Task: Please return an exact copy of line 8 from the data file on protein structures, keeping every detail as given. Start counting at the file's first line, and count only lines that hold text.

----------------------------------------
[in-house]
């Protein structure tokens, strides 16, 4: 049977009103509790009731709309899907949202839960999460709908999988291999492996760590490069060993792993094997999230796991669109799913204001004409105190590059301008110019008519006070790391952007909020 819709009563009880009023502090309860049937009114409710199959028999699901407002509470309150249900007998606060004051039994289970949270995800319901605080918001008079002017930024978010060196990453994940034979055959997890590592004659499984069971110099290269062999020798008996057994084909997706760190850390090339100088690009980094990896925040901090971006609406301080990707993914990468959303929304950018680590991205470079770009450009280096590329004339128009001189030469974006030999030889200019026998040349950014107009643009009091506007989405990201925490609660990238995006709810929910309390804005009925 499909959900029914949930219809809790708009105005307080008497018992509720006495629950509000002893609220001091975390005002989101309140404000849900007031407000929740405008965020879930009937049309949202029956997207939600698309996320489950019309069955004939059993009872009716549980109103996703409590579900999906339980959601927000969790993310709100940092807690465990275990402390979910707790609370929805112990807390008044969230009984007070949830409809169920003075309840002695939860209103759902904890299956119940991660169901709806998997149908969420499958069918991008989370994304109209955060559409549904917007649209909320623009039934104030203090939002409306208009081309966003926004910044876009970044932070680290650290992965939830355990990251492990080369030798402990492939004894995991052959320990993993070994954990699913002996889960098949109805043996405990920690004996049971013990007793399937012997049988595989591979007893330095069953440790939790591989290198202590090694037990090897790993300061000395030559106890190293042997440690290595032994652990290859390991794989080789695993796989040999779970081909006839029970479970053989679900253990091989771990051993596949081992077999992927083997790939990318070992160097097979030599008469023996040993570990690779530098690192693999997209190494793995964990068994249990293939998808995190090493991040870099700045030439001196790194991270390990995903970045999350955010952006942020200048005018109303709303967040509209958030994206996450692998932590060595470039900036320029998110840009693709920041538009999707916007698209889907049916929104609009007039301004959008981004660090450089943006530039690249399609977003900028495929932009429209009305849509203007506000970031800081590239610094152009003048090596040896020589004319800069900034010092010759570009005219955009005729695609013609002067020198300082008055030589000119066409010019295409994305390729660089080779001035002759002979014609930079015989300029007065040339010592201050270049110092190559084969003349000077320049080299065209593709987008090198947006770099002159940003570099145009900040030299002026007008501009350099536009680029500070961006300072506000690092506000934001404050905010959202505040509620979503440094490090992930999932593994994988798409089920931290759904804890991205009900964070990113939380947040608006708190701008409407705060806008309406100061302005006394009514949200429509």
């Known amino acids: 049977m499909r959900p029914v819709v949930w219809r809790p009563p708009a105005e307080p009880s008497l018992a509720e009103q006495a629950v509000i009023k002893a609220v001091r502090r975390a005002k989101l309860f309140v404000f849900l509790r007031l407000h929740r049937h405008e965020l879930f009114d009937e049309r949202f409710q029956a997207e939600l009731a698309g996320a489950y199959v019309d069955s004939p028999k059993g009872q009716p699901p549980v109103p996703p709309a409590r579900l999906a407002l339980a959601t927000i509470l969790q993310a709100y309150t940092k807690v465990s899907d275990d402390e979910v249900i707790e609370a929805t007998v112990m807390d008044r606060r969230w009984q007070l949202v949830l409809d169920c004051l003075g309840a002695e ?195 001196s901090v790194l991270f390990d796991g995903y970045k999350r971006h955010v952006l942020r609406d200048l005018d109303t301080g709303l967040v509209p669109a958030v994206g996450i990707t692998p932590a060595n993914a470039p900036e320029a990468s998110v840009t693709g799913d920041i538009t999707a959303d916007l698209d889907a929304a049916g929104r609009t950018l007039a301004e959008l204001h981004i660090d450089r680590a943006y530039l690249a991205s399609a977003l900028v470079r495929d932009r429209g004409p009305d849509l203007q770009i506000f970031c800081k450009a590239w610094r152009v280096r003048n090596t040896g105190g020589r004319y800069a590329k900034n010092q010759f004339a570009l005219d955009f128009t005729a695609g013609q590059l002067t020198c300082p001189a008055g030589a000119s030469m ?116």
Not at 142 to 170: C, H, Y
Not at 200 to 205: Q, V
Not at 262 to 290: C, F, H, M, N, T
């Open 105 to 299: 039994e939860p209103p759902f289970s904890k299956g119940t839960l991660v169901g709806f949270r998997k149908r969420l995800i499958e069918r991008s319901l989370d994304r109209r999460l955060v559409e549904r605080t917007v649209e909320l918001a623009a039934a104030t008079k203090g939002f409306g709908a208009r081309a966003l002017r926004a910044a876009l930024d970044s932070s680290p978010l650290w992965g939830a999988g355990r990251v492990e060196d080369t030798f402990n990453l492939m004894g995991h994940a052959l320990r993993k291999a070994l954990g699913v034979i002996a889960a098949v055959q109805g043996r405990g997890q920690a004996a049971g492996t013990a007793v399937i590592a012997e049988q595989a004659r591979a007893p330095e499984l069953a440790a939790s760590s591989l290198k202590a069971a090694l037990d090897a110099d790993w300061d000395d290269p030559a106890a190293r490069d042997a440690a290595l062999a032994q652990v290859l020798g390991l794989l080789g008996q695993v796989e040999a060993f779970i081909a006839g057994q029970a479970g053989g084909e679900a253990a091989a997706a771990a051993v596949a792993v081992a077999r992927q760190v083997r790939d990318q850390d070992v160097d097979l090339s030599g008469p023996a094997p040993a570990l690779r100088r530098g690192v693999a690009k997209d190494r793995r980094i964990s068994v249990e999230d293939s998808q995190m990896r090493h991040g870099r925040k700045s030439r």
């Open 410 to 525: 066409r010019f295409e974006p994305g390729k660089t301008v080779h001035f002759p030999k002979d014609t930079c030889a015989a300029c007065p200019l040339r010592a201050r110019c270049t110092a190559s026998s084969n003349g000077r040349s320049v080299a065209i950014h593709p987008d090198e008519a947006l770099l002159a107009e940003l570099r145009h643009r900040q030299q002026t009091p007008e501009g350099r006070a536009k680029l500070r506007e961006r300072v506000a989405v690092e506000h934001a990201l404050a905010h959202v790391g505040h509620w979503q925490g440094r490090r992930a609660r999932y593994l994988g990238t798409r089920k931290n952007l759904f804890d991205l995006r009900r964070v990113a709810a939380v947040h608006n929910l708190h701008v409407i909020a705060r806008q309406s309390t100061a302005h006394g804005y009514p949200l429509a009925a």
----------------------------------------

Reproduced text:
């Open 410 to 525: 066409r010019f295409e974006p994305g390729k660089t301008v080779h001035f002759p030999k002979d014609t930079c030889a015989a300029c007065p200019l040339r010592a201050r110019c270049t110092a190559s026998s084969n003349g000077r040349s320049v080299a065209i950014h593709p987008d090198e008519a947006l770099l002159a107009e940003l570099r145009h643009r900040q030299q002026t009091p007008e501009g350099r006070a536009k680029l500070r506007e961006r300072v506000a989405v690092e506000h934001a990201l404050a905010h959202v790391g505040h509620w979503q925490g440094r490090r992930a609660r999932y593994l994988g990238t798409r089920k931290n952007l759904f804890d991205l995006r009900r964070v990113a709810a939380v947040h608006n929910l708190h701008v409407i909020a705060r806008q309406s309390t100061a302005h006394g804005y009514p949200l429509a009925a």